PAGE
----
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Author: Dr Amanda Oakley, Dermatologist, Hamilton, New Zealand, 1997. Updated February 2016.
A cyst is a benign, round, dome-shaped encapsulated lesion that contains fluid or semi-fluid material. It may be firm or fluctuant and often distends the overlying skin. There are several types of cyst. The most common are described here.
Cysts that are not surrounded by a capsule are better known as pseudocysts. These commonly arise in acne.
Cysts are very common, affecting at least 20% of adults. They may be present at birth or appear later in life. They arise in all races. Most types of cyst are more common in males than in females.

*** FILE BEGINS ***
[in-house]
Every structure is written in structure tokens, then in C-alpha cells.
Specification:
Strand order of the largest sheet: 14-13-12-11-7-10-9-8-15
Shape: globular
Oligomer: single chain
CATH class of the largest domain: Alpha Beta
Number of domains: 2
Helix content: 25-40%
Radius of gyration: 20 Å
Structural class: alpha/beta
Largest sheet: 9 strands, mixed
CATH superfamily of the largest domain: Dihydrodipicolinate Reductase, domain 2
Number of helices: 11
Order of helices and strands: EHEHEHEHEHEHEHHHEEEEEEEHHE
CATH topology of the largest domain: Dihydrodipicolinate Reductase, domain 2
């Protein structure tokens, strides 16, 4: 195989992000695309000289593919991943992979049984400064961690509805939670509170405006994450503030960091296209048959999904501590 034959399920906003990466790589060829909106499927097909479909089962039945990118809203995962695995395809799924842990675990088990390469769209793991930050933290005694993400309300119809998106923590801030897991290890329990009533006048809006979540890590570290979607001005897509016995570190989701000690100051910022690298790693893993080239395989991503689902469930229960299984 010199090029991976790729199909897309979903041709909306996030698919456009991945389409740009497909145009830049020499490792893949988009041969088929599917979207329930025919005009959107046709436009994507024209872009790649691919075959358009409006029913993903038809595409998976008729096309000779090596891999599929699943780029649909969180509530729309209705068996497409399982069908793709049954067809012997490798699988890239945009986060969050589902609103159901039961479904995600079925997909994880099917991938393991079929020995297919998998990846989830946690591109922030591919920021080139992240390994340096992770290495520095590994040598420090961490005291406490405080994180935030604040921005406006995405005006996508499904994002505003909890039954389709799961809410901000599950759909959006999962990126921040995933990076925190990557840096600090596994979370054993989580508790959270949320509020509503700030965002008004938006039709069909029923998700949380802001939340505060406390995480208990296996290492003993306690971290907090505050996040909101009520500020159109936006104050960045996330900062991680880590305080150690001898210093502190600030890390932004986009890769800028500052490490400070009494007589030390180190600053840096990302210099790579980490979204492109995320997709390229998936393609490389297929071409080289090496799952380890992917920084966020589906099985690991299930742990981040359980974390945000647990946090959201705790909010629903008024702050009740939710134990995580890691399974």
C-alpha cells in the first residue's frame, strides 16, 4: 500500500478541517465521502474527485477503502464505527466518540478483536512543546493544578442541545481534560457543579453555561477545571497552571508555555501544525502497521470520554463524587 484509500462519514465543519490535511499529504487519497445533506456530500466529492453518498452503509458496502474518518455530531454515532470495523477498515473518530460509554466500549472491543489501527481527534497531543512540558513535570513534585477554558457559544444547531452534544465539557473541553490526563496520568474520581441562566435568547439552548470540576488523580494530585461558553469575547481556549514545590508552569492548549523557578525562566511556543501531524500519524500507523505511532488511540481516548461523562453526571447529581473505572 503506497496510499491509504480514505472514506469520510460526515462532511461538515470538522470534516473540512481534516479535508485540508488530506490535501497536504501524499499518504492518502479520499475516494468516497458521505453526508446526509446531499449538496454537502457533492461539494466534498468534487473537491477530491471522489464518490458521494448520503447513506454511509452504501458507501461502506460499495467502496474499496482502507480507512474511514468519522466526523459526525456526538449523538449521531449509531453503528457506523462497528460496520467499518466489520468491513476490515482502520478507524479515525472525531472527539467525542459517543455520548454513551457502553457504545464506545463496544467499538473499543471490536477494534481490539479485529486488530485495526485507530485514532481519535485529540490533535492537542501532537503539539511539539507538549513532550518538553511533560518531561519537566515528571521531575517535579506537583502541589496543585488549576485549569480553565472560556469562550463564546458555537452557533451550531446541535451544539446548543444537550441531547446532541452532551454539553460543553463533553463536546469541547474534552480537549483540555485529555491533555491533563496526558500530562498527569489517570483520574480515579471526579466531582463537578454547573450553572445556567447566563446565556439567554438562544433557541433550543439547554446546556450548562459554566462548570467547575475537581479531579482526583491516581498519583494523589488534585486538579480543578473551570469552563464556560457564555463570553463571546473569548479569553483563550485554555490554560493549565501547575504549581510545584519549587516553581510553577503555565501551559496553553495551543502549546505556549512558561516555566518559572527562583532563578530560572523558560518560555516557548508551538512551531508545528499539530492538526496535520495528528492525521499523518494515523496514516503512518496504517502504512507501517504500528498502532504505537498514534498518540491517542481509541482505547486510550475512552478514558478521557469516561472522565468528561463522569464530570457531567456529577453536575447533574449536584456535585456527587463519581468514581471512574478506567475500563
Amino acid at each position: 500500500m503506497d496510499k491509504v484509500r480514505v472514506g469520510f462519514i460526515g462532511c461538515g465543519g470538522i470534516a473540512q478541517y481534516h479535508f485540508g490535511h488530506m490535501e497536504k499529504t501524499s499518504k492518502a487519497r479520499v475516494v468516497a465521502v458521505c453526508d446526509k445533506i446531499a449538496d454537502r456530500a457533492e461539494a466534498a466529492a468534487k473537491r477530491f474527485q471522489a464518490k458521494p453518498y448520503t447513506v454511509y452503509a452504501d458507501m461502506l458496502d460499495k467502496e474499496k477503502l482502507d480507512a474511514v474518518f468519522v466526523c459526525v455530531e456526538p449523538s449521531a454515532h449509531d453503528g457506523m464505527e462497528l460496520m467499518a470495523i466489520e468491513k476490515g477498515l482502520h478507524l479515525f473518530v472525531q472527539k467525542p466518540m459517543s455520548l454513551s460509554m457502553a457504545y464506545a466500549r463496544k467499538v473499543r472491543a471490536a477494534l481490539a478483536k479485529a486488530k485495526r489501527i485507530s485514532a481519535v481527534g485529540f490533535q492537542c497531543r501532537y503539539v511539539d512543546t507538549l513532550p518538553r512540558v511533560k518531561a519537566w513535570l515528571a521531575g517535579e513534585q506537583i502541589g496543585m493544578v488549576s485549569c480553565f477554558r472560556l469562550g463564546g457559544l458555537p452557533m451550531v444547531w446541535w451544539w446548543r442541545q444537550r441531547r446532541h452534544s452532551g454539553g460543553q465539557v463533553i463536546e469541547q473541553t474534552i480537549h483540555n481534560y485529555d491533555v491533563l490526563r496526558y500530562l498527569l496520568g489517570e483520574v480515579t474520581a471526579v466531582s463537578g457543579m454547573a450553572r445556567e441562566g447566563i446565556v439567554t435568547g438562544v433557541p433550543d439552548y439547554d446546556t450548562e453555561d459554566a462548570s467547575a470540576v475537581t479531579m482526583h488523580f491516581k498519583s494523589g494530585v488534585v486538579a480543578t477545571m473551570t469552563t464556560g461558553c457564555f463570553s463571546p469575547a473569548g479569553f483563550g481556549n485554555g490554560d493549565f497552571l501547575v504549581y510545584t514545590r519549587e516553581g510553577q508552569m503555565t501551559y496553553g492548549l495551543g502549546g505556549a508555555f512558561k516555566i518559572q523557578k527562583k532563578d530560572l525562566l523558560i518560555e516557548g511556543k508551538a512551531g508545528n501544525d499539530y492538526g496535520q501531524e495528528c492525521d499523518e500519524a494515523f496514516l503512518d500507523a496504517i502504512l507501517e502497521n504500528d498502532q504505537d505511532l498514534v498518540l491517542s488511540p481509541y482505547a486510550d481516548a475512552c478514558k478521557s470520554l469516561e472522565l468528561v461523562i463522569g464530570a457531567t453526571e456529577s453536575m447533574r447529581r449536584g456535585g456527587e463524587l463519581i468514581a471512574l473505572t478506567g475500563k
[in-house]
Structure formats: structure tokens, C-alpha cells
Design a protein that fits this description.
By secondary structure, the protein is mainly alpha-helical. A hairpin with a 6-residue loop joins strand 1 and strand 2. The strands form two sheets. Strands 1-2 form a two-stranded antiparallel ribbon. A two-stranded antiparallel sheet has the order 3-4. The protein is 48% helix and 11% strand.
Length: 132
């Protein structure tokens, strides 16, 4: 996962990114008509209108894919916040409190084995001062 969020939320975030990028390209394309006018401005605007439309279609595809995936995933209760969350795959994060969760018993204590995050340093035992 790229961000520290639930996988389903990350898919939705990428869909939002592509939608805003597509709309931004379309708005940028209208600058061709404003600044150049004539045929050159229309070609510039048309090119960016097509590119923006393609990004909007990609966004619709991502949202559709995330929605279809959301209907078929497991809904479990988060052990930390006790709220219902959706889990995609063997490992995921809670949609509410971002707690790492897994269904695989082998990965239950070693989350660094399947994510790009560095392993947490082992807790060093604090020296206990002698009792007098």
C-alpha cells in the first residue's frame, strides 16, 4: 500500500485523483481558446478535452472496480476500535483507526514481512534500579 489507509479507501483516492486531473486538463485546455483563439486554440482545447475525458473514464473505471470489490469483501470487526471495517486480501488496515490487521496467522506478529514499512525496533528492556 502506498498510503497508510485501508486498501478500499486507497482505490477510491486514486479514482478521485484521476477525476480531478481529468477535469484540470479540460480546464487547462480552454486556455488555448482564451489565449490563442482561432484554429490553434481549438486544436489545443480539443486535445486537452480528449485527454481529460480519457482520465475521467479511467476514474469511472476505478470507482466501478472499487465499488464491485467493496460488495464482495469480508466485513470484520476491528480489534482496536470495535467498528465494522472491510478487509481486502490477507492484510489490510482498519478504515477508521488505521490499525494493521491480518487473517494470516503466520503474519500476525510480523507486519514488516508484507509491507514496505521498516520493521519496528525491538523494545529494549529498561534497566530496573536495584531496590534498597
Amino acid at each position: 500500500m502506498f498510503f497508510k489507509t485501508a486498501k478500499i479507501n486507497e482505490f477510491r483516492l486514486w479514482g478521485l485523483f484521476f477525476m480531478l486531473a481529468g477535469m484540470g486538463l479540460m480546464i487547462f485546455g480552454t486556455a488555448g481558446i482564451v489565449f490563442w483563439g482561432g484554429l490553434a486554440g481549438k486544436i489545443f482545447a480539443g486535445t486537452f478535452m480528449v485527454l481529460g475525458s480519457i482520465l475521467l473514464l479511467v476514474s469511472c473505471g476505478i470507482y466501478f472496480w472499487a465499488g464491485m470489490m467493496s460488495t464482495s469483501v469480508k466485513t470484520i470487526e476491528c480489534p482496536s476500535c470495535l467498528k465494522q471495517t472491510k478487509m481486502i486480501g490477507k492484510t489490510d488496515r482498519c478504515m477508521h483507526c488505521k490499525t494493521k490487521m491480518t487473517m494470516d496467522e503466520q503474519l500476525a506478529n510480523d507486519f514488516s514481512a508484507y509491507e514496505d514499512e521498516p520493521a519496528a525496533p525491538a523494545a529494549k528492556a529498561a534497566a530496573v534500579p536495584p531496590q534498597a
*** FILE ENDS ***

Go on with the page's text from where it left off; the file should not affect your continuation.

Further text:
The cause of many cysts is unknown.
An epidermoid cyst is also called follicular infundibular cyst, epidermal cyst, keratin cyst.
A trichilemmal cyst is also called pilar cyst.
Cysts have typical clinical characteristics. When a cyst is surgically removed, it should undergo a histological examination. The type of lining of the wall of the cyst and the cyst contents help the pathologist classify it.
Asymptomatic epidermoid cysts do not need to be treated. In most cases, an attempt to remove only the contents of a cyst is followed by recurrence. If desired, cysts may be entirely excised. Recurrence is not uncommon, and re-excision may be surgically challenging.
Inflamed cysts are sometimes treated with:
Cysts generally persist unless surgically removed.
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